Skip to content
HOW CAN WE HELP YOU? Call 1-800-TRY-CHOP
Paul A. Offit, MD, discusses at what point a vaccine has been studied enough in order to recommend its use. He talks specifically about the HPV vaccine.
Paul Offit, MD: Hi, my name’s Paul Offit. I’m talking to you today from the Vaccine Education Center here at The Children’s Hospital of Philadelphia. One question parents ask, and I think it’s reasonable, is when a vaccine is newly licensed, or when there’s a new recommendation for an existing vaccine, do we know enough? Has it been tested long enough to be able to reassure us that it really is safe?
And I think the fair question, frankly, isn’t whether or not vaccines have been tested long enough. I think probably the fair question is, do we know enough to start giving this vaccine? So let’s take the human papillomavirus vaccine for example. When that vaccine was first recommended for adolescents in this country was in 2006, what did we know? We knew that the vaccine had been tested in about 30,000 people for seven years. We knew that it induced an immune response that would protect against people being infected with that virus and therefore protect against the cancers caused by that virus. We knew that two of the strains in that vaccine would protect about 70% of cancers caused by HPV, and two other strains would protect about 90% against anal and genital warts. We knew that it was made using a technology that had also been used to make the hepatitis B vaccine, and that that technology was at least 25 years old.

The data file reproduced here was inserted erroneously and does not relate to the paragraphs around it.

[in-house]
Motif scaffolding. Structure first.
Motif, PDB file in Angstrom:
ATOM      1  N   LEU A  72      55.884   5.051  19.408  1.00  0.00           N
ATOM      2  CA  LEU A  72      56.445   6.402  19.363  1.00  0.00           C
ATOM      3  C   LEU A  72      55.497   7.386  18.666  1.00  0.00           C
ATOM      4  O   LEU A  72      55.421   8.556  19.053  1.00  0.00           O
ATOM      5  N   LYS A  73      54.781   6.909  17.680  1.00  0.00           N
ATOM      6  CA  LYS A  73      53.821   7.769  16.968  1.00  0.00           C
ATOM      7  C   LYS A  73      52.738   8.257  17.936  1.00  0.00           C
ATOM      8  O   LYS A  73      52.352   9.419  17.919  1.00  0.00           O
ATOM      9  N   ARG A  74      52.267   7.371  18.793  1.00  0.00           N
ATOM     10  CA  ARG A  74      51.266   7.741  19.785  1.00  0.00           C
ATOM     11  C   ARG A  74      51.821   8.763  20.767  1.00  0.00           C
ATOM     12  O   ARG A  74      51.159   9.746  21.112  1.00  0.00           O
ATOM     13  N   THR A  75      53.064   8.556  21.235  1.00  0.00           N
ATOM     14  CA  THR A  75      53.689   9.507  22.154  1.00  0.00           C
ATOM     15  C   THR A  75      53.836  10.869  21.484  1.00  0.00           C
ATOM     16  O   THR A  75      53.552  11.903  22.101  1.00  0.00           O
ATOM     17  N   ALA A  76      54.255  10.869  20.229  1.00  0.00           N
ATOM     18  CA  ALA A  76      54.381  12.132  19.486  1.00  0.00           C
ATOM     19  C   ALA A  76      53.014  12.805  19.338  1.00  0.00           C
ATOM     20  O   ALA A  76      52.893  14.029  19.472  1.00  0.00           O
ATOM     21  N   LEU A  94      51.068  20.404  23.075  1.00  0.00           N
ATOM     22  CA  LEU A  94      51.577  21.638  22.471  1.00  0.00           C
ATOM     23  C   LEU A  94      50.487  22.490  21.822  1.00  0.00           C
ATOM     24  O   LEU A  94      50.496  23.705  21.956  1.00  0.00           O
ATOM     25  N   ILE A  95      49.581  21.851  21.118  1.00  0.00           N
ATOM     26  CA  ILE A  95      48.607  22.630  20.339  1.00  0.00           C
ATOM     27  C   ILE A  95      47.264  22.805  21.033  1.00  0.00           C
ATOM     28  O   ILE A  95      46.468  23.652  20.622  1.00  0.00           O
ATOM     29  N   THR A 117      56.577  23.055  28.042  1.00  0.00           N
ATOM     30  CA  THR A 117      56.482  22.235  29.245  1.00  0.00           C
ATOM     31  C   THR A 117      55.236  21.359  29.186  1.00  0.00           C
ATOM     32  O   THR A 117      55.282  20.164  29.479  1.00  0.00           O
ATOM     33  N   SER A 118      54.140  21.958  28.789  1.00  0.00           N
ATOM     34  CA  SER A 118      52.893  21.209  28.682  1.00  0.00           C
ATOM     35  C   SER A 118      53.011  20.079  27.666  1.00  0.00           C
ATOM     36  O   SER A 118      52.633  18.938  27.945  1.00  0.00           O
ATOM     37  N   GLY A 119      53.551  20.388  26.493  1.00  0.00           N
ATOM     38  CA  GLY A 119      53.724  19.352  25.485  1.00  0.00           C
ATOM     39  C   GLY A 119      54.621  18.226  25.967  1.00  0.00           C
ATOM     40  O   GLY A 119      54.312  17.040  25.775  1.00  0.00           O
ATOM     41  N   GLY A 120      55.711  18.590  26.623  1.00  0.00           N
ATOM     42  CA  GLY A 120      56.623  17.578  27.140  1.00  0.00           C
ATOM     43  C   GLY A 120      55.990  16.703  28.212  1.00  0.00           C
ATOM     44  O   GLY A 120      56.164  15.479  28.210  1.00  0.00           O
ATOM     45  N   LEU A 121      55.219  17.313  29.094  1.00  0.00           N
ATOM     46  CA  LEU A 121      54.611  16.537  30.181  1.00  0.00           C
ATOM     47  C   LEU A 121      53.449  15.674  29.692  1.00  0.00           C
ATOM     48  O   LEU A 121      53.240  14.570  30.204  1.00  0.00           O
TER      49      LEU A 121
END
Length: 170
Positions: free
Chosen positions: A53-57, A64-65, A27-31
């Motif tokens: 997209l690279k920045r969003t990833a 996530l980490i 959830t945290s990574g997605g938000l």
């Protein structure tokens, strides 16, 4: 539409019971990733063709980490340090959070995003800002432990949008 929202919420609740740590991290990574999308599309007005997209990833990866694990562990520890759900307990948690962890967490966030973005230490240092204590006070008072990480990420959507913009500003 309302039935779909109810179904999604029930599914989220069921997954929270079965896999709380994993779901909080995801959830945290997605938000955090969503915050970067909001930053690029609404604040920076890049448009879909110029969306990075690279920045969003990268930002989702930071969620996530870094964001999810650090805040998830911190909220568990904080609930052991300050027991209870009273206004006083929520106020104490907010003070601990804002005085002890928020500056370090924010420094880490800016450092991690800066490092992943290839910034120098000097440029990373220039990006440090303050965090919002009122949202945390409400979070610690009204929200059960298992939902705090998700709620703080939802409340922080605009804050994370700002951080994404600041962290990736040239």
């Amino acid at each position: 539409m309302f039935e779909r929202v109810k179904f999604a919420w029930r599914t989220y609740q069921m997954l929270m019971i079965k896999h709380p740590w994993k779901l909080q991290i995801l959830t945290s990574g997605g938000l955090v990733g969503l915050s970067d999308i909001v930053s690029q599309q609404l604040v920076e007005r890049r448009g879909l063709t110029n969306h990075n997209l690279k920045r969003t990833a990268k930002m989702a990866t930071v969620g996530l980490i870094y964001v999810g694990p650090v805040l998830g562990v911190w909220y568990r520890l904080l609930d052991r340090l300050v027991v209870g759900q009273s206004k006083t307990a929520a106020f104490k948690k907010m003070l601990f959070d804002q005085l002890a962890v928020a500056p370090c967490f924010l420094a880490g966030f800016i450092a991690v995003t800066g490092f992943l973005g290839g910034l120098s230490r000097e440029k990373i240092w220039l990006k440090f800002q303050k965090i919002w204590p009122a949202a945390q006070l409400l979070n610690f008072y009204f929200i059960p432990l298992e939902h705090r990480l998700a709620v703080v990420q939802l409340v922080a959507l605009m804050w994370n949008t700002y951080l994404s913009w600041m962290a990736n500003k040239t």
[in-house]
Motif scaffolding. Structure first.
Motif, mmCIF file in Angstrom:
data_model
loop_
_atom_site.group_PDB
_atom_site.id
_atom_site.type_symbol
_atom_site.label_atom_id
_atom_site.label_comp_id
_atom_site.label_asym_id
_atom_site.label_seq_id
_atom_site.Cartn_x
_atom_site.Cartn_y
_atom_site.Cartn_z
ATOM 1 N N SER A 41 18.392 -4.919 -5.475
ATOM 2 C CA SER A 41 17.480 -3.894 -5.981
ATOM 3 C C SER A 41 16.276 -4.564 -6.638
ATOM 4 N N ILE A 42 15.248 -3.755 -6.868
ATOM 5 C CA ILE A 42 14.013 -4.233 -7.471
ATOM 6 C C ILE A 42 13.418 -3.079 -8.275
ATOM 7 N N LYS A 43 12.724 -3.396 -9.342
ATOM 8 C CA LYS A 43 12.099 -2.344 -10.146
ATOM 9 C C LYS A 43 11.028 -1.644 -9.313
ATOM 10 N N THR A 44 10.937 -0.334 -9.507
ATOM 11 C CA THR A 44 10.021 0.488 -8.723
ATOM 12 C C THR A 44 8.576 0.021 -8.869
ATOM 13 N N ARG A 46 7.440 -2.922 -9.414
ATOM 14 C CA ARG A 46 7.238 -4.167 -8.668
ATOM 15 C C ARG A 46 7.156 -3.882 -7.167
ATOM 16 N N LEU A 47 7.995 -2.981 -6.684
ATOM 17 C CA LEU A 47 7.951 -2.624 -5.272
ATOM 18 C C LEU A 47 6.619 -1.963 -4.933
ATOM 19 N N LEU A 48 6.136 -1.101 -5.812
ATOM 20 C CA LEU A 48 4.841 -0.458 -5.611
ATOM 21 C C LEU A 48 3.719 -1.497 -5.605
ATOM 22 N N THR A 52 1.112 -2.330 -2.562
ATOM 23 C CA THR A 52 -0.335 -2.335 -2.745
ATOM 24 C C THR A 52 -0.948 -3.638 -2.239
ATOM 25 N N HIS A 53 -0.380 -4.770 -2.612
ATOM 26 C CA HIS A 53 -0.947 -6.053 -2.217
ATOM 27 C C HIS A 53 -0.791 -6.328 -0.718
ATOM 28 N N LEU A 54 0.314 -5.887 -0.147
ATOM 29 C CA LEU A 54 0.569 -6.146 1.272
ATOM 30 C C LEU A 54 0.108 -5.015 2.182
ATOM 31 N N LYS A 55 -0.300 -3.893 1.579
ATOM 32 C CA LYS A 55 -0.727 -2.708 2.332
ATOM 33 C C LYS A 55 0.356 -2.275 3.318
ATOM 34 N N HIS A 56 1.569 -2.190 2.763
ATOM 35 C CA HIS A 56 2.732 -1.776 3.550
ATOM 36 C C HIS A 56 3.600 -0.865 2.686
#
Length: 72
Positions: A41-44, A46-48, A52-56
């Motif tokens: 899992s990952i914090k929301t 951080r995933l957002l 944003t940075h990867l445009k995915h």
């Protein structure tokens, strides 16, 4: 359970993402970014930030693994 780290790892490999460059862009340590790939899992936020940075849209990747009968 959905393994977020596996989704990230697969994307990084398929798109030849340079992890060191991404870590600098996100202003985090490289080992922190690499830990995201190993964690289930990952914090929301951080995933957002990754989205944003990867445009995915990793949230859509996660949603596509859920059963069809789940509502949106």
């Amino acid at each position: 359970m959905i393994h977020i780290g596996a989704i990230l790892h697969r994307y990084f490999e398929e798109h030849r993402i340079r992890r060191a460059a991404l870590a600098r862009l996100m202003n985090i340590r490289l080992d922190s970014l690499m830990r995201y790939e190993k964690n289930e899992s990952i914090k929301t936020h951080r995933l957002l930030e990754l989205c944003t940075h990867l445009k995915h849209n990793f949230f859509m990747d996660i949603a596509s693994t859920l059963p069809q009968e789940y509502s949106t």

So we knew all of that. And we knew that if we chose not to give that vaccine, if we chose, for example, to wait 30 years to make sure that it didn’t cause a problem, as the hepatitis B vaccine had not caused a problem, then we would just be exposing, every year, children to … about 25,000 children to get cancer 20 years later because they weren’t getting that vaccine.
So, I think the better question is always not when do you know everything? Because you never know everything. It’s when do you know enough? And I think certainly for HPV vaccine at that time, we knew enough, certainly should be reassured by the fact that the technology that was used was about 25 years old, which is true of much of the technology that we use to make these vaccines. These vaccine have an enormous long-term record of safety. We’ve been using them since the smallpox vaccine 200 year ago.
Hope that helps, thanks.
Related Centers and Programs:
Vaccine Education Center
Last Reviewed on
Aug 11, 2015